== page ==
Blue LLP partners Dhamian Blue and Dan Blue III recently attended the Duke Law Bolch Judicial Institute’s invitation-only Distinguished Lawyers conference, held in Arlington, Virginia from June 20-21, 2019. As stated on its website, “[t]he Bolch Judicial Institute’s mission is to study and advance rule-of-law principles, judicial independence, and law reform through technology and innovation.”
The conference, titled Evaluating 2015 Rule 26 Discovery-Proportionality Amendments and Botch-Duke Guidelines and Best Practices, focused on (1) evaluating the effect of the 2015 amendments to the Federal Rules of Civil Procedure, and (2) recommending any revisions or additions to the Bolch Institute’s Rule 26 Guidelines and Best Practices. A critical focus of the conference was how to keep discovery costs reasonable while also ensuring fairness in the federal civil judicial system. The conference also highlighted the use of technology, including Technology Assisted Review, in the efficient administration of complex commercial litigation such as antitrust, consumer, and wage and hour class actions.
Ten federal judges and approximately 75-100 practitioners from across the country attended the conference.
Glancy Prongay & Murray LLP and Blue LLP File Securities Class Action on Behalf of Pyxus International, Inc. (PYX) Investors
Glancy Prongay & Murray LLP and Blue LLP have filed a class action lawsuit in the United States District Court for the Eastern District of North Carolina, captioned Jones v. Pyxus International, Inc. et al., No. 5:19-cv-234, on behalf of persons and entities that purchased or otherwise acquired Pyxus International, Inc. (NYSE: PYX) securities between June 7, 2018 and November 8, 2018, inclusive (the “Class Period”).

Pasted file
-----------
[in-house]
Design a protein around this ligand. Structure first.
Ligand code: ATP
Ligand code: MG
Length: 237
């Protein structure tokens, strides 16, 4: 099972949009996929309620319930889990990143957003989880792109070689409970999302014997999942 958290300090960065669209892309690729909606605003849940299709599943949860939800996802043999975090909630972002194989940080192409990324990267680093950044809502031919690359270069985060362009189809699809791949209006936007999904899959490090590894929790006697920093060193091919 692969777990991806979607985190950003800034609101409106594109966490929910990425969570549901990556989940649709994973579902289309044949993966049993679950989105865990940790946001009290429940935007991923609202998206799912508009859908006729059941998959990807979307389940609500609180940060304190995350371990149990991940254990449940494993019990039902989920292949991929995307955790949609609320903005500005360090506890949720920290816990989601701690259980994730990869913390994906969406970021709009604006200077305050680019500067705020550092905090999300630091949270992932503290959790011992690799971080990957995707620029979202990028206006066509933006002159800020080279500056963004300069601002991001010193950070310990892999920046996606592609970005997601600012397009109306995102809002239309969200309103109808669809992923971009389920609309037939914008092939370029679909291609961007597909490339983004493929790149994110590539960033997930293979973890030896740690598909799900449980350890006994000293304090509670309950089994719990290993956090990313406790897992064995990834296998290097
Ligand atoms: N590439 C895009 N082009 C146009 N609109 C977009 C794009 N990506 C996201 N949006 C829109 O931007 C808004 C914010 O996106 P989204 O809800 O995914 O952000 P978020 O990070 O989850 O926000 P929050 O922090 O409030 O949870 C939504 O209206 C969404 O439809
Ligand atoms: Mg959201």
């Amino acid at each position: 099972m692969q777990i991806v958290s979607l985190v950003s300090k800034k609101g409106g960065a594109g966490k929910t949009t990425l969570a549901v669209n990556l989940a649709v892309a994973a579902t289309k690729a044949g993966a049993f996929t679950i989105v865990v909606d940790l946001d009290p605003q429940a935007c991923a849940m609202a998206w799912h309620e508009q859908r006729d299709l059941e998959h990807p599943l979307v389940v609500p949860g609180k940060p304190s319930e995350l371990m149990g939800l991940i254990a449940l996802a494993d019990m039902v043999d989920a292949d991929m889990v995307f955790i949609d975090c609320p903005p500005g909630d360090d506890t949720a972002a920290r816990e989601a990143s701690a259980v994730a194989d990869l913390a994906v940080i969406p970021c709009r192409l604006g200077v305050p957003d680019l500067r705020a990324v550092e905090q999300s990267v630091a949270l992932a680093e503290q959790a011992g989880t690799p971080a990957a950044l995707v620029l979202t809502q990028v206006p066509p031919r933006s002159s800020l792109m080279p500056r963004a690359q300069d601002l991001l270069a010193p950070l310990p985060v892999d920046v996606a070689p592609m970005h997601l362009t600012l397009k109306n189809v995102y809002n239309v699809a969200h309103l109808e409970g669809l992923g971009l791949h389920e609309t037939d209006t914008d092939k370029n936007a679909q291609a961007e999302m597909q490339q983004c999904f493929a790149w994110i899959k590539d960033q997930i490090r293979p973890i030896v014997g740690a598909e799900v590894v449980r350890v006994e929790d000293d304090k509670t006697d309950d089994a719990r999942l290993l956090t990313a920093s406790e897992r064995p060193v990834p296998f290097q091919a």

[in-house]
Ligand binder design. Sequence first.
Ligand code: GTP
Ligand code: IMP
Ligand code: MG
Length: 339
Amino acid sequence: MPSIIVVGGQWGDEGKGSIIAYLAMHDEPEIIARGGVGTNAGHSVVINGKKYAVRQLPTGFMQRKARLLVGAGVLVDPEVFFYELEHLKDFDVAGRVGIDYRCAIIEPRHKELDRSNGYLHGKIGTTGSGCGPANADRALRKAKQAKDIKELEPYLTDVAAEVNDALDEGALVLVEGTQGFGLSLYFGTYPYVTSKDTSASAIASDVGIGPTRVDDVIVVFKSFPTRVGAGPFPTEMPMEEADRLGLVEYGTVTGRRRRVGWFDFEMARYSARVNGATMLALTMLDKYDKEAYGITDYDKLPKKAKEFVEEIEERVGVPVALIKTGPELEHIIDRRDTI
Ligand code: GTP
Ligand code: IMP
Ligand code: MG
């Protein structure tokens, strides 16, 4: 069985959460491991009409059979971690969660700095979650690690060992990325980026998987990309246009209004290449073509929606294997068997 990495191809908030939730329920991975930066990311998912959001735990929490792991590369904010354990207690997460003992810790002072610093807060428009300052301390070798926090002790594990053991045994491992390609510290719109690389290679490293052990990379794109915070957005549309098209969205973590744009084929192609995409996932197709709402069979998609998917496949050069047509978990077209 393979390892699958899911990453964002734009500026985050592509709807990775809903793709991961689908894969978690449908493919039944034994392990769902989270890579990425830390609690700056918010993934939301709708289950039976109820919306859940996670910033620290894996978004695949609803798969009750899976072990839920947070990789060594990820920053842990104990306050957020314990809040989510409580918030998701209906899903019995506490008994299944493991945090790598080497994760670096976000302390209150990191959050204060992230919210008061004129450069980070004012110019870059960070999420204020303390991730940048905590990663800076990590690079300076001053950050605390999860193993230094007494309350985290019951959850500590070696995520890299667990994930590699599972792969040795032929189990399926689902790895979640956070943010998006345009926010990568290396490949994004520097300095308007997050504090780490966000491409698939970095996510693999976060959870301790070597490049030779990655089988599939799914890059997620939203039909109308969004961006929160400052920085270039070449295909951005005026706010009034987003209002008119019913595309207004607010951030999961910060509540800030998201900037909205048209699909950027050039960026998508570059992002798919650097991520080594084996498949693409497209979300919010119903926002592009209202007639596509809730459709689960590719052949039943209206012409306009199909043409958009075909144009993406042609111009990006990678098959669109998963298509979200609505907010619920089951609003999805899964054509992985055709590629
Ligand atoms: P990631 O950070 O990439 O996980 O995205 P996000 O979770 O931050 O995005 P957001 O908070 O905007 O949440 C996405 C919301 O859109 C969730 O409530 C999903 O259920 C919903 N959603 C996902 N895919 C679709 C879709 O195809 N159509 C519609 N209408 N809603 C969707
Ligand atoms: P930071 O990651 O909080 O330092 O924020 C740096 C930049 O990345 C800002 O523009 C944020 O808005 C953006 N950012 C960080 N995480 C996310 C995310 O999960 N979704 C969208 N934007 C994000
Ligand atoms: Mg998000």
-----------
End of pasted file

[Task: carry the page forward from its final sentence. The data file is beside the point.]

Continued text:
The lawsuit alleges the following (reprinted from https://www.glancylaw.com/cases-application/case-information/pyxus-international-inc/):
On November 8, 2018, Pyxus disclosed that sales declined approximately 12% year-over-year due to the timing of shipments and the larger crop last year in South America.
On this news, the Company’s share price fell $7.01, or nearly 28%, to close at $18.26 on November 8, 2018, on unusually heavy trading volume.
On November 9, 2018, the SEC announced that the Company had settled charges that it had materially misstated financial statements with the Commission from at least 2011 through the second quarter of 2015 due to improper and insufficient accounting, processes, and control activities for inventory, deferred crop costs, and revenue transactions in Africa.
On this news, the Company’s share price fell $2.88, or nearly 16%, to close at $15.38 on November 9, 2018, on unusually heavy trading volume.
The complaint filed in this class action alleges that throughout the Class Period, Defendants made materially false and/or misleading statements, as well as failed to disclose material adverse facts about the Company’s business, operations, and prospects. Specifically, Defendants failed to disclose to investors: (1) that the Company was experiencing longer shipping cycles; (2) that, as a result, the Company’s financial results would be materially affected; (3) that the Company lacked adequate internal control over financial reporting; (4) that the Company’s accounting policies were reasonably likely to lead to regulatory scrutiny; and (5) that, as a result of the foregoing, Defendants’ positive statements about the Company’s business, operations, and prospects were materially misleading and/or lacked a reasonable basis.